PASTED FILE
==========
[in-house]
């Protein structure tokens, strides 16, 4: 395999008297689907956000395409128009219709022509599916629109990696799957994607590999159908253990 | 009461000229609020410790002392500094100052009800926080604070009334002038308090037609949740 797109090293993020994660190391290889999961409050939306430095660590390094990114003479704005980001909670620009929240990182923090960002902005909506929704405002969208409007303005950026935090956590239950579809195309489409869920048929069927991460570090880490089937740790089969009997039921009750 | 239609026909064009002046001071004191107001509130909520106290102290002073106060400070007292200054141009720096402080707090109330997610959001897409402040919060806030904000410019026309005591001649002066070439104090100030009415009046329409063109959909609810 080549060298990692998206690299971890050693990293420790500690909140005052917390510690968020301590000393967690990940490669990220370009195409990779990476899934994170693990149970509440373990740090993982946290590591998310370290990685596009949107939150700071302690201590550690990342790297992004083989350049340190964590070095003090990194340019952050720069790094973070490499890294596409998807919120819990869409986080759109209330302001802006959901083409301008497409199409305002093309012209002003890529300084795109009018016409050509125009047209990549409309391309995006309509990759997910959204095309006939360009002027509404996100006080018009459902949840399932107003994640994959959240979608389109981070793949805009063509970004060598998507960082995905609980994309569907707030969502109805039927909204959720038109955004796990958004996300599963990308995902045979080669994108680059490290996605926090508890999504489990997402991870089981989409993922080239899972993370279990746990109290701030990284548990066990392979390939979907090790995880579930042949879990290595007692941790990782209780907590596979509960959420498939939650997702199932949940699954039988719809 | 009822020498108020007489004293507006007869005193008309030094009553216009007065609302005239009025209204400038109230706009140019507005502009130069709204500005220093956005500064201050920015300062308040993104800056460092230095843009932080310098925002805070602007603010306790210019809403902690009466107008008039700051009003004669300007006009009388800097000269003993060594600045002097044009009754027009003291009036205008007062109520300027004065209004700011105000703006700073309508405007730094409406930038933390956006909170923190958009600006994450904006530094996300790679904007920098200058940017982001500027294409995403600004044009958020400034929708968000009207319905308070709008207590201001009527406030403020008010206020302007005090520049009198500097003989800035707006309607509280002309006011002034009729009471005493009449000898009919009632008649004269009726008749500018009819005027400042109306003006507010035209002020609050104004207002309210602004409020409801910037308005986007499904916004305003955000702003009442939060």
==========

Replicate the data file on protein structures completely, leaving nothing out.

[in-house]
């Protein structure tokens, strides 16, 4: 395999008297689907956000395409128009219709022509599916629109990696799957994607590999159908253990 | 009461000229609020410790002392500094100052009800926080604070009334002038308090037609949740 797109090293993020994660190391290889999961409050939306430095660590390094990114003479704005980001909670620009929240990182923090960002902005909506929704405002969208409007303005950026935090956590239950579809195309489409869920048929069927991460570090880490089937740790089969009997039921009750 | 239609026909064009002046001071004191107001509130909520106290102290002073106060400070007292200054141009720096402080707090109330997610959001897409402040919060806030904000410019026309005591001649002066070439104090100030009415009046329409063109959909609810 080549060298990692998206690299971890050693990293420790500690909140005052917390510690968020301590000393967690990940490669990220370009195409990779990476899934994170693990149970509440373990740090993982946290590591998310370290990685596009949107939150700071302690201590550690990342790297992004083989350049340190964590070095003090990194340019952050720069790094973070490499890294596409998807919120819990869409986080759109209330302001802006959901083409301008497409199409305002093309012209002003890529300084795109009018016409050509125009047209990549409309391309995006309509990759997910959204095309006939360009002027509404996100006080018009459902949840399932107003994640994959959240979608389109981070793949805009063509970004060598998507960082995905609980994309569907707030969502109805039927909204959720038109955004796990958004996300599963990308995902045979080669994108680059490290996605926090508890999504489990997402991870089981989409993922080239899972993370279990746990109290701030990284548990066990392979390939979907090790995880579930042949879990290595007692941790990782209780907590596979509960959420498939939650997702199932949940699954039988719809 | 009822020498108020007489004293507006007869005193008309030094009553216009007065609302005239009025209204400038109230706009140019507005502009130069709204500005220093956005500064201050920015300062308040993104800056460092230095843009932080310098925002805070602007603010306790210019809403902690009466107008008039700051009003004669300007006009009388800097000269003993060594600045002097044009009754027009003291009036205008007062109520300027004065209004700011105000703006700073309508405007730094409406930038933390956006909170923190958009600006994450904006530094996300790679904007920098200058940017982001500027294409995403600004044009958020400034929708968000009207319905308070709008207590201001009527406030403020008010206020302007005090520049009198500097003989800035707006309607509280002309006011002034009729009471005493009449000898009919009632008649004269009726008749500018009819005027400042109306003006507010035209002020609050104004207002309210602004409020409801910037308005986007499904916004305003955000702003009442939060």